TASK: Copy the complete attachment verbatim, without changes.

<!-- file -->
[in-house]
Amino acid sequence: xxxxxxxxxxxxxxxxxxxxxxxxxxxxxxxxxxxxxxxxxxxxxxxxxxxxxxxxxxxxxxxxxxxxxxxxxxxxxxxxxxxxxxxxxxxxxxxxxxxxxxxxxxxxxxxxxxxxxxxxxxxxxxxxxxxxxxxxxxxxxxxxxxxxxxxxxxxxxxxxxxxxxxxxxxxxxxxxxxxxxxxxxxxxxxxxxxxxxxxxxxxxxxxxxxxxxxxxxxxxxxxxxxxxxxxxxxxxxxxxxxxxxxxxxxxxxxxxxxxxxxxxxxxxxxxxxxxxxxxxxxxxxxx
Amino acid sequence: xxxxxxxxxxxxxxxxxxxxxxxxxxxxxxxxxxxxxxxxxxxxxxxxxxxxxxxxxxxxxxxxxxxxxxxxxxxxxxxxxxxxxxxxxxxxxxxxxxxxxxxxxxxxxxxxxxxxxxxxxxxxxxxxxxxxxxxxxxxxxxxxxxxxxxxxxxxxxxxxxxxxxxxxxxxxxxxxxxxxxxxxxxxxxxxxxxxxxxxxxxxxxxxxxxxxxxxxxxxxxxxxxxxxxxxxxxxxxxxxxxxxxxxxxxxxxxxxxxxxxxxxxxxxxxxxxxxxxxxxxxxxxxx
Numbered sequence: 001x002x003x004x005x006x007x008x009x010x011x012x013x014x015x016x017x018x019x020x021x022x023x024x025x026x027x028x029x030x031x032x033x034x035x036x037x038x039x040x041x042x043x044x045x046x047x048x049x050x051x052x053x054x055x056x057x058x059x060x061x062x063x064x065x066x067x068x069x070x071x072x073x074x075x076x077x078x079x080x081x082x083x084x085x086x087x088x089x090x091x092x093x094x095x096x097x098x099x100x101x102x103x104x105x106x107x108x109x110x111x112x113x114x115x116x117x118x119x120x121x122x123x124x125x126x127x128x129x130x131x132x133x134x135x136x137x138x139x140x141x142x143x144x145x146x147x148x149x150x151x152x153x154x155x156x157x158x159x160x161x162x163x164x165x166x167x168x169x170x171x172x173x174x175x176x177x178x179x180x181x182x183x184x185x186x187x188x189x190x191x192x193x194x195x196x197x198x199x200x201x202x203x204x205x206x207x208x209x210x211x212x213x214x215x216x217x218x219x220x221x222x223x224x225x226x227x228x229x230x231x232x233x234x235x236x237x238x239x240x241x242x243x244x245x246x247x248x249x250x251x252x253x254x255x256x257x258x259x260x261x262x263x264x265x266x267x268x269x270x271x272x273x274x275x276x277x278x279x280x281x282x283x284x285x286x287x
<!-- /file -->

[in-house]
Amino acid sequence: xxxxxxxxxxxxxxxxxxxxxxxxxxxxxxxxxxxxxxxxxxxxxxxxxxxxxxxxxxxxxxxxxxxxxxxxxxxxxxxxxxxxxxxxxxxxxxxxxxxxxxxxxxxxxxxxxxxxxxxxxxxxxxxxxxxxxxxxxxxxxxxxxxxxxxxxxxxxxxxxxxxxxxxxxxxxxxxxxxxxxxxxxxxxxxxxxxxxxxxxxxxxxxxxxxxxxxxxxxxxxxxxxxxxxxxxxxxxxxxxxxxxxxxxxxxxxxxxxxxxxxxxxxxxxxxxxxxxxxxxxxxxxxx
Amino acid sequence: xxxxxxxxxxxxxxxxxxxxxxxxxxxxxxxxxxxxxxxxxxxxxxxxxxxxxxxxxxxxxxxxxxxxxxxxxxxxxxxxxxxxxxxxxxxxxxxxxxxxxxxxxxxxxxxxxxxxxxxxxxxxxxxxxxxxxxxxxxxxxxxxxxxxxxxxxxxxxxxxxxxxxxxxxxxxxxxxxxxxxxxxxxxxxxxxxxxxxxxxxxxxxxxxxxxxxxxxxxxxxxxxxxxxxxxxxxxxxxxxxxxxxxxxxxxxxxxxxxxxxxxxxxxxxxxxxxxxxxxxxxxxxxx
Numbered sequence: 001x002x003x004x005x006x007x008x009x010x011x012x013x014x015x016x017x018x019x020x021x022x023x024x025x026x027x028x029x030x031x032x033x034x035x036x037x038x039x040x041x042x043x044x045x046x047x048x049x050x051x052x053x054x055x056x057x058x059x060x061x062x063x064x065x066x067x068x069x070x071x072x073x074x075x076x077x078x079x080x081x082x083x084x085x086x087x088x089x090x091x092x093x094x095x096x097x098x099x100x101x102x103x104x105x106x107x108x109x110x111x112x113x114x115x116x117x118x119x120x121x122x123x124x125x126x127x128x129x130x131x132x133x134x135x136x137x138x139x140x141x142x143x144x145x146x147x148x149x150x151x152x153x154x155x156x157x158x159x160x161x162x163x164x165x166x167x168x169x170x171x172x173x174x175x176x177x178x179x180x181x182x183x184x185x186x187x188x189x190x191x192x193x194x195x196x197x198x199x200x201x202x203x204x205x206x207x208x209x210x211x212x213x214x215x216x217x218x219x220x221x222x223x224x225x226x227x228x229x230x231x232x233x234x235x236x237x238x239x240x241x242x243x244x245x246x247x248x249x250x251x252x253x254x255x256x257x258x259x260x261x262x263x264x265x266x267x268x269x270x271x272x273x274x275x276x277x278x279x280x281x282x283x284x285x286x287x